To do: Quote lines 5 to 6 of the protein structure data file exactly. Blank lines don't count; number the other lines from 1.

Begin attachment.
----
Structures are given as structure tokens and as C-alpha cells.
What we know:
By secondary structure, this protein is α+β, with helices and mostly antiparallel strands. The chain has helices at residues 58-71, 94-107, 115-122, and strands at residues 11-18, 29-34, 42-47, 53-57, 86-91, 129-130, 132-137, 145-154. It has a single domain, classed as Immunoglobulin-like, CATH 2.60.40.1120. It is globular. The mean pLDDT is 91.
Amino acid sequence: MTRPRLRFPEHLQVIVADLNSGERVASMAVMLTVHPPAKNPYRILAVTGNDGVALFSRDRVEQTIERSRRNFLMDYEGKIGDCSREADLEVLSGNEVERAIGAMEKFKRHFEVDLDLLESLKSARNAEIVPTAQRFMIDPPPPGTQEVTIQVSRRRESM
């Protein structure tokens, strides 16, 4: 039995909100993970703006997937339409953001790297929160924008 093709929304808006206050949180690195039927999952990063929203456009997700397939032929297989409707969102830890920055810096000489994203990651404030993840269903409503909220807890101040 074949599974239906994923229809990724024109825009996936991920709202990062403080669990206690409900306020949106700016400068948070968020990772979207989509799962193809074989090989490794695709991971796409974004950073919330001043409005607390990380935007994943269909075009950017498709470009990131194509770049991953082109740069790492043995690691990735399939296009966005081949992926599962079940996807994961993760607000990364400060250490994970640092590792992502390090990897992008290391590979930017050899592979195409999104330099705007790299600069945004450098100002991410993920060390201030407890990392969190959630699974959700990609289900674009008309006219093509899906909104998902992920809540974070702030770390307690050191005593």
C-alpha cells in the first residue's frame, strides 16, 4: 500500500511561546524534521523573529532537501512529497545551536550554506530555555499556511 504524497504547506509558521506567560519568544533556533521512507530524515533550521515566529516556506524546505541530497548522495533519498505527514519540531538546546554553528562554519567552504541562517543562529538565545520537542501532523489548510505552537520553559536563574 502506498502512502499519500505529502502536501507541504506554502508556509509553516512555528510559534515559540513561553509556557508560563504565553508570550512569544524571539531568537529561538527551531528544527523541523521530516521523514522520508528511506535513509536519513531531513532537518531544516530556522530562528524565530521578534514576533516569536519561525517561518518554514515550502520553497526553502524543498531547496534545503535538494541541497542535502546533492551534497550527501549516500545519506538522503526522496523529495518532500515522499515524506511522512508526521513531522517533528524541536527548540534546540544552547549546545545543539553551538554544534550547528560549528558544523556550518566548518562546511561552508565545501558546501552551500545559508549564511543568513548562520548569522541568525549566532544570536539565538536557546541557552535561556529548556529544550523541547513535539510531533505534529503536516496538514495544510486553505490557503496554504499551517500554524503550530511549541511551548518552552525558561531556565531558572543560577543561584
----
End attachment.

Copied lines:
């Protein structure tokens, strides 16, 4: 039995909100993970703006997937339409953001790297929160924008 093709929304808006206050949180690195039927999952990063929203456009997700397939032929297989409707969102830890920055810096000489994203990651404030993840269903409503909220807890101040 074949599974239906994923229809990724024109825009996936991920709202990062403080669990206690409900306020949106700016400068948070968020990772979207989509799962193809074989090989490794695709991971796409974004950073919330001043409005607390990380935007994943269909075009950017498709470009990131194509770049991953082109740069790492043995690691990735399939296009966005081949992926599962079940996807994961993760607000990364400060250490994970640092590792992502390090990897992008290391590979930017050899592979195409999104330099705007790299600069945004450098100002991410993920060390201030407890990392969190959630699974959700990609289900674009008309006219093509899906909104998902992920809540974070702030770390307690050191005593």
C-alpha cells in the first residue's frame, strides 16, 4: 500500500511561546524534521523573529532537501512529497545551536550554506530555555499556511 504524497504547506509558521506567560519568544533556533521512507530524515533550521515566529516556506524546505541530497548522495533519498505527514519540531538546546554553528562554519567552504541562517543562529538565545520537542501532523489548510505552537520553559536563574 502506498502512502499519500505529502502536501507541504506554502508556509509553516512555528510559534515559540513561553509556557508560563504565553508570550512569544524571539531568537529561538527551531528544527523541523521530516521523514522520508528511506535513509536519513531531513532537518531544516530556522530562528524565530521578534514576533516569536519561525517561518518554514515550502520553497526553502524543498531547496534545503535538494541541497542535502546533492551534497550527501549516500545519506538522503526522496523529495518532500515522499515524506511522512508526521513531522517533528524541536527548540534546540544552547549546545545543539553551538554544534550547528560549528558544523556550518566548518562546511561552508565545501558546501552551500545559508549564511543568513548562520548569522541568525549566532544570536539565538536557546541557552535561556529548556529544550523541547513535539510531533505534529503536516496538514495544510486553505490557503496554504499551517500554524503550530511549541511551548518552552525558561531556565531558572543560577543561584